The School of Earth and Atmospheric Sciences Presents Dr. Behrooz Ferdowsi, Princeton University
Granular Physics of Rock Friction at Low Slip Rates
Modeling earthquake fault slip requires reliable constitutive relations describing friction. A commonly accepted empirical framework, known as “Rate- and State-dependent Friction” (RSF), suggests that frictional strength depends on the fault slip rate and (history dependent) ‘state’ variable.
Although none of the empirical RSF laws proposed thus far, including RSF “Aging” and “Slip” versions, adequately describes the full range of laboratory friction data, the Slip law is clearly superior, and does an excellent job of modeling both velocity steps and slide-holds rock laboratory loading protocols. Despite this, and unlike the Aging law, there is no clearly-established physical basis for the Slip law.
In this seminar, I will first provide an overview of the RSF laboratory observations and the empirical (standard) RSF modeling framework. I will discuss the shortcomings of the standard model and that at the moment, unfortunately, no physics-based constitutive relation exists for rock friction.
It is noteworthy that natural fault zones typically contain a localized shear zone, also known as the granular gouge layer, and that laboratory experiments on even initially bare rock surfaces develop a gouge layer through mechanical wear.
Based on this observation, I have developed a granular physics-based simulation to investigate the origins of RSF in rocks. In my model, I have intentionally left out time-dependent plasticity at the grain contact-scale, that is traditionally thought to be the primary origin of RSF in the standard model.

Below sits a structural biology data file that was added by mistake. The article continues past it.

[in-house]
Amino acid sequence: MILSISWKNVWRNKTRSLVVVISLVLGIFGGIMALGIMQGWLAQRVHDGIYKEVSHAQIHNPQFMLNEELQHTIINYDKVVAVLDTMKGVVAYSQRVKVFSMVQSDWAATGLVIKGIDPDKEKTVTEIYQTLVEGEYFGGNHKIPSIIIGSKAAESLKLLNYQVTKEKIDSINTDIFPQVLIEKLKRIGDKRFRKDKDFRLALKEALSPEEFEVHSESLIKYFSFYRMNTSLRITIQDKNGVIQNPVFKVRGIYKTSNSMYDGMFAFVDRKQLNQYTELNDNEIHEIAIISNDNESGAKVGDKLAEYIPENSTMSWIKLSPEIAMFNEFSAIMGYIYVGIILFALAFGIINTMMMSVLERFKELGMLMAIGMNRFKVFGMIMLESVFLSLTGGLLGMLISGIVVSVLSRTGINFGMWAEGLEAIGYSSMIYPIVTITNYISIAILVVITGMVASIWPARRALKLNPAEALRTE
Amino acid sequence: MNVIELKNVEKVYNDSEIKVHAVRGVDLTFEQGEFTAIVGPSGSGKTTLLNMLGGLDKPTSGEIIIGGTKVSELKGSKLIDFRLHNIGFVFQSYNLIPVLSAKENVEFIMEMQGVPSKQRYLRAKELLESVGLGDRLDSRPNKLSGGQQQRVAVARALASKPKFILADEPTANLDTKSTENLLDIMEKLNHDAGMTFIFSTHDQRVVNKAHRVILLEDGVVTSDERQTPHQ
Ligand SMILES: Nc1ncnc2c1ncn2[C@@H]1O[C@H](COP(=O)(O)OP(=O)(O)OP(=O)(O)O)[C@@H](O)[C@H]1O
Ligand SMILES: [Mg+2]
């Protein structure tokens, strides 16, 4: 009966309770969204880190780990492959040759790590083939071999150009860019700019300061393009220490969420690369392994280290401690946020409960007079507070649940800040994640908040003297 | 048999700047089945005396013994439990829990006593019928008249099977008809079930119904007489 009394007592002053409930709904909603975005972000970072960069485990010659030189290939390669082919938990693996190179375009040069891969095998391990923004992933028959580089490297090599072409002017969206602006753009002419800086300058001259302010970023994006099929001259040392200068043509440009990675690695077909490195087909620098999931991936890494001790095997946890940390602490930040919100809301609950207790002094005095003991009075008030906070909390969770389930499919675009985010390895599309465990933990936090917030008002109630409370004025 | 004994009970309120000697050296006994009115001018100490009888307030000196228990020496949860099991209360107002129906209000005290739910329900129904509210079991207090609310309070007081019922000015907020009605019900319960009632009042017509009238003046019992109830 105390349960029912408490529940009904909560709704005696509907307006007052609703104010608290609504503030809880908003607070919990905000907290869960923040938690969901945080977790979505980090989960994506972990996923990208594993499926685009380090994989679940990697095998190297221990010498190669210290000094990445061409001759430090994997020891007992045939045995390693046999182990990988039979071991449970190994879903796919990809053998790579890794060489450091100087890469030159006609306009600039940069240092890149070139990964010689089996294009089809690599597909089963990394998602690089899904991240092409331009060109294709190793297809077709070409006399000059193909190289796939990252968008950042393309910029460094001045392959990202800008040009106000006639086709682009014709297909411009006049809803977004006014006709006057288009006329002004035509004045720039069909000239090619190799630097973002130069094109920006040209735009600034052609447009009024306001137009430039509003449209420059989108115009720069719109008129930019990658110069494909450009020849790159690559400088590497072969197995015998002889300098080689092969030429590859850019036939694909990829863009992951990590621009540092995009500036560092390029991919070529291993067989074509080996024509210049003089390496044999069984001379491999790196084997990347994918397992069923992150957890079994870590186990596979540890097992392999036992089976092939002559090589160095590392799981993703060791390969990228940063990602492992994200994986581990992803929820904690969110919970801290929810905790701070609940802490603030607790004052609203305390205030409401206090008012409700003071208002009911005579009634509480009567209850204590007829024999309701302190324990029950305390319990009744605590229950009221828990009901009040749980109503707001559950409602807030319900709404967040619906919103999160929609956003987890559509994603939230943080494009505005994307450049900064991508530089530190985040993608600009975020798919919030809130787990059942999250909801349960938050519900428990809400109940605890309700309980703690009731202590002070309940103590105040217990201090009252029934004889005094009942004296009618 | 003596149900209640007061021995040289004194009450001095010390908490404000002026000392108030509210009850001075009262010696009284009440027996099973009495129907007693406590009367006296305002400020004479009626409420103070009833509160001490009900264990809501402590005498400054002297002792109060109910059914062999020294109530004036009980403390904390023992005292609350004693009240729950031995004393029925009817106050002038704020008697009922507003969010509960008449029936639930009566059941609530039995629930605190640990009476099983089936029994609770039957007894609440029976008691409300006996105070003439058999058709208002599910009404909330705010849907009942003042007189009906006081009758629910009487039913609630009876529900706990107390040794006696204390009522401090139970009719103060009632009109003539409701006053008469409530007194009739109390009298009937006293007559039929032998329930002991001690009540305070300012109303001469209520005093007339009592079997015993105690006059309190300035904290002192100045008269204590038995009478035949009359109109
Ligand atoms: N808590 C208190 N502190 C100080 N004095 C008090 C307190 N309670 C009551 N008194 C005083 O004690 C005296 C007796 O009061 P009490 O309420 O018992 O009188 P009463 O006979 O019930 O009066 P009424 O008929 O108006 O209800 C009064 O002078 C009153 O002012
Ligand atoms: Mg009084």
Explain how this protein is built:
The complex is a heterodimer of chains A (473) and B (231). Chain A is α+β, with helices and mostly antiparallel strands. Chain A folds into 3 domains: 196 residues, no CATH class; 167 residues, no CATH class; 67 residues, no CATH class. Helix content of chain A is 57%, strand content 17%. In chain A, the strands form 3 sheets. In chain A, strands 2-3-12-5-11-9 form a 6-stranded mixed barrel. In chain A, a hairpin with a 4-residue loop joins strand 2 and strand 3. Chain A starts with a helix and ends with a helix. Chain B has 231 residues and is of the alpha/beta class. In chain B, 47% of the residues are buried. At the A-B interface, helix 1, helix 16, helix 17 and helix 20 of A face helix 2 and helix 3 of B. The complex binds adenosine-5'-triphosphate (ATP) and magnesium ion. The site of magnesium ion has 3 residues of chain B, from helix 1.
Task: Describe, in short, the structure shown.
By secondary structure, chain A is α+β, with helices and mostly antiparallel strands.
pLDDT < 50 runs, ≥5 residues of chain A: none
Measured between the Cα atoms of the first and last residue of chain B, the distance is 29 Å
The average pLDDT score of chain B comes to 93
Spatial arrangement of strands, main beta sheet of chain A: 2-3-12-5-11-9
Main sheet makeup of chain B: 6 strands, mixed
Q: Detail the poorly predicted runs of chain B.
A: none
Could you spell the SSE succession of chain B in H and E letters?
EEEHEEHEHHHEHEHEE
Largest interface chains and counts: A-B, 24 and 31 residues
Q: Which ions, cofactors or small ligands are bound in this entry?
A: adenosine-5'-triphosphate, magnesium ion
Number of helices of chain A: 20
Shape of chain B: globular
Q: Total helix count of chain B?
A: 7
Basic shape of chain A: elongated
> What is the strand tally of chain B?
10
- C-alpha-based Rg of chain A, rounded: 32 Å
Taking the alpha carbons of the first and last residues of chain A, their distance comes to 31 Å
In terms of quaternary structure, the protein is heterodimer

I will show results from the granular simulations that reproduce and explain robust features of real rock and gouge friction data. Namely, the granular model captures: (i) the functional form of the transition to new values of the dynamic friction following a change in shearing velocity; (ii) logarithmic-with-time healing of the frictional interface and its dependence on prior shear rate, during the load-point hold.
These laboratory observations currently have no other first-principles or physics-based explanations. The success of the granular model seems to be arising from the logarithmic-with-time (slow) compaction and slow relaxation dynamics in the model that is a hallmark of granular materials and disordered solids.
I will next discuss how I am working to further unify the search for constitutive relations for friction and deformation of rocks with the recent exciting developments within the broader community of soft condensed matter physicists for a state variable and an Equation of State for granular systems. Such a state variable and equation of state are essential for confidently applying laboratory-derived friction laws to fault slip in the Earth.
In addition to earthquake fault zones, the RSF behavior is ubiquitously observed in friction of disordered Earth materials and interfaces, including ice-on-rock, sediments on Earth’s surface and damaged rocks in the shallow crust.
Therefore, the implications and applications of my work are broad. I will discuss some of my near future research plans related to Earth’s near-surface processes, in addition to earthquake source physics.
Tuesday, February 19, 2019 - 11:00am to 11:50am
Ford Environmental, Science & Technology (ES&T) Building, Rm. L1205, 11am
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